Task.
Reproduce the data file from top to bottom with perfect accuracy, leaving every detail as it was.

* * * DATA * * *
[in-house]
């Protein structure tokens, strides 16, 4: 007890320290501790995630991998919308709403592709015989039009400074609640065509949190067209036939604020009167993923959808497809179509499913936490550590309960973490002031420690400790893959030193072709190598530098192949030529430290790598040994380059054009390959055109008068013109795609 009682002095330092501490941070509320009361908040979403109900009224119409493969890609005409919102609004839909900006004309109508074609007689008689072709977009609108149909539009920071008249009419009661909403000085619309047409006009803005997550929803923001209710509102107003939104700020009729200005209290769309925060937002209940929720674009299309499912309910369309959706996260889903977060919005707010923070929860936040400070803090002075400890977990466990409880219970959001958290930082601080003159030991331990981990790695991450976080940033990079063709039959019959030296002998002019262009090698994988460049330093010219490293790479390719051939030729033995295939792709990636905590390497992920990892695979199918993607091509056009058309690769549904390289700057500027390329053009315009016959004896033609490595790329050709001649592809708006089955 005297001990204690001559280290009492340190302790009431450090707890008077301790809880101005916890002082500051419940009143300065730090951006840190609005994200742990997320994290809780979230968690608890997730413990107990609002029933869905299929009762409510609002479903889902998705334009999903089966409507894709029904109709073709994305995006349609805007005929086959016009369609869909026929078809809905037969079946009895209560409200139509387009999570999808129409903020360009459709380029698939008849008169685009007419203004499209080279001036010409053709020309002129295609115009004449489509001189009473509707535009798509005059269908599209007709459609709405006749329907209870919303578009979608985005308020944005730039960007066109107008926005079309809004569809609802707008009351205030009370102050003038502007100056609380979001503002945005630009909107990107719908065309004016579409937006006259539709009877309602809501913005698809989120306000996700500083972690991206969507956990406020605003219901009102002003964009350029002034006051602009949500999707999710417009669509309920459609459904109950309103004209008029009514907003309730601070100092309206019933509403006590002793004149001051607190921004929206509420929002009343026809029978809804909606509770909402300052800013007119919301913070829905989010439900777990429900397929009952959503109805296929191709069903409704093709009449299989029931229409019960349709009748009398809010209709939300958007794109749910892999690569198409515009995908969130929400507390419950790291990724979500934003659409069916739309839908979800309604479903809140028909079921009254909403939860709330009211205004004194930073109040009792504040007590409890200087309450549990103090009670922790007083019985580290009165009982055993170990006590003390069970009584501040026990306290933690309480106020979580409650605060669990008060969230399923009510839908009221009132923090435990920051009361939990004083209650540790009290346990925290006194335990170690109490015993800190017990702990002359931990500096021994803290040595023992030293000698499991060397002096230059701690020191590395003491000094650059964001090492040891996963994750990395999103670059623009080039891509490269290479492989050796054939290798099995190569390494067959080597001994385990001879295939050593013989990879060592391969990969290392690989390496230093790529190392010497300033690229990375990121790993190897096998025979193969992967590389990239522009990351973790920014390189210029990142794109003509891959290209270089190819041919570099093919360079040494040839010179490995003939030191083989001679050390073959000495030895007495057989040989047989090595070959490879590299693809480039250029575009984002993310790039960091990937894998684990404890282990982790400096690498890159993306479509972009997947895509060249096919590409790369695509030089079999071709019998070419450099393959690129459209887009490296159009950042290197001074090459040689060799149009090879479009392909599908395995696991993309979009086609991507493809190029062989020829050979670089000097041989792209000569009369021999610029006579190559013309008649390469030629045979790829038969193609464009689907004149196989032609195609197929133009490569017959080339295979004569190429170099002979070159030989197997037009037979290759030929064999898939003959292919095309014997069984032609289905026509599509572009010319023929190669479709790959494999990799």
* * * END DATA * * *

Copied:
[in-house]
């Protein structure tokens, strides 16, 4: 007890320290501790995630991998919308709403592709015989039009400074609640065509949190067209036939604020009167993923959808497809179509499913936490550590309960973490002031420690400790893959030193072709190598530098192949030529430290790598040994380059054009390959055109008068013109795609 009682002095330092501490941070509320009361908040979403109900009224119409493969890609005409919102609004839909900006004309109508074609007689008689072709977009609108149909539009920071008249009419009661909403000085619309047409006009803005997550929803923001209710509102107003939104700020009729200005209290769309925060937002209940929720674009299309499912309910369309959706996260889903977060919005707010923070929860936040400070803090002075400890977990466990409880219970959001958290930082601080003159030991331990981990790695991450976080940033990079063709039959019959030296002998002019262009090698994988460049330093010219490293790479390719051939030729033995295939792709990636905590390497992920990892695979199918993607091509056009058309690769549904390289700057500027390329053009315009016959004896033609490595790329050709001649592809708006089955 005297001990204690001559280290009492340190302790009431450090707890008077301790809880101005916890002082500051419940009143300065730090951006840190609005994200742990997320994290809780979230968690608890997730413990107990609002029933869905299929009762409510609002479903889902998705334009999903089966409507894709029904109709073709994305995006349609805007005929086959016009369609869909026929078809809905037969079946009895209560409200139509387009999570999808129409903020360009459709380029698939008849008169685009007419203004499209080279001036010409053709020309002129295609115009004449489509001189009473509707535009798509005059269908599209007709459609709405006749329907209870919303578009979608985005308020944005730039960007066109107008926005079309809004569809609802707008009351205030009370102050003038502007100056609380979001503002945005630009909107990107719908065309004016579409937006006259539709009877309602809501913005698809989120306000996700500083972690991206969507956990406020605003219901009102002003964009350029002034006051602009949500999707999710417009669509309920459609459904109950309103004209008029009514907003309730601070100092309206019933509403006590002793004149001051607190921004929206509420929002009343026809029978809804909606509770909402300052800013007119919301913070829905989010439900777990429900397929009952959503109805296929191709069903409704093709009449299989029931229409019960349709009748009398809010209709939300958007794109749910892999690569198409515009995908969130929400507390419950790291990724979500934003659409069916739309839908979800309604479903809140028909079921009254909403939860709330009211205004004194930073109040009792504040007590409890200087309450549990103090009670922790007083019985580290009165009982055993170990006590003390069970009584501040026990306290933690309480106020979580409650605060669990008060969230399923009510839908009221009132923090435990920051009361939990004083209650540790009290346990925290006194335990170690109490015993800190017990702990002359931990500096021994803290040595023992030293000698499991060397002096230059701690020191590395003491000094650059964001090492040891996963994750990395999103670059623009080039891509490269290479492989050796054939290798099995190569390494067959080597001994385990001879295939050593013989990879060592391969990969290392690989390496230093790529190392010497300033690229990375990121790993190897096998025979193969992967590389990239522009990351973790920014390189210029990142794109003509891959290209270089190819041919570099093919360079040494040839010179490995003939030191083989001679050390073959000495030895007495057989040989047989090595070959490879590299693809480039250029575009984002993310790039960091990937894998684990404890282990982790400096690498890159993306479509972009997947895509060249096919590409790369695509030089079999071709019998070419450099393959690129459209887009490296159009950042290197001074090459040689060799149009090879479009392909599908395995696991993309979009086609991507493809190029062989020829050979670089000097041989792209000569009369021999610029006579190559013309008649390469030629045979790829038969193609464009689907004149196989032609195609197929133009490569017959080339295979004569190429170099002979070159030989197997037009037979290759030929064999898939003959292919095309014997069984032609289905026509599509572009010319023929190669479709790959494999990799």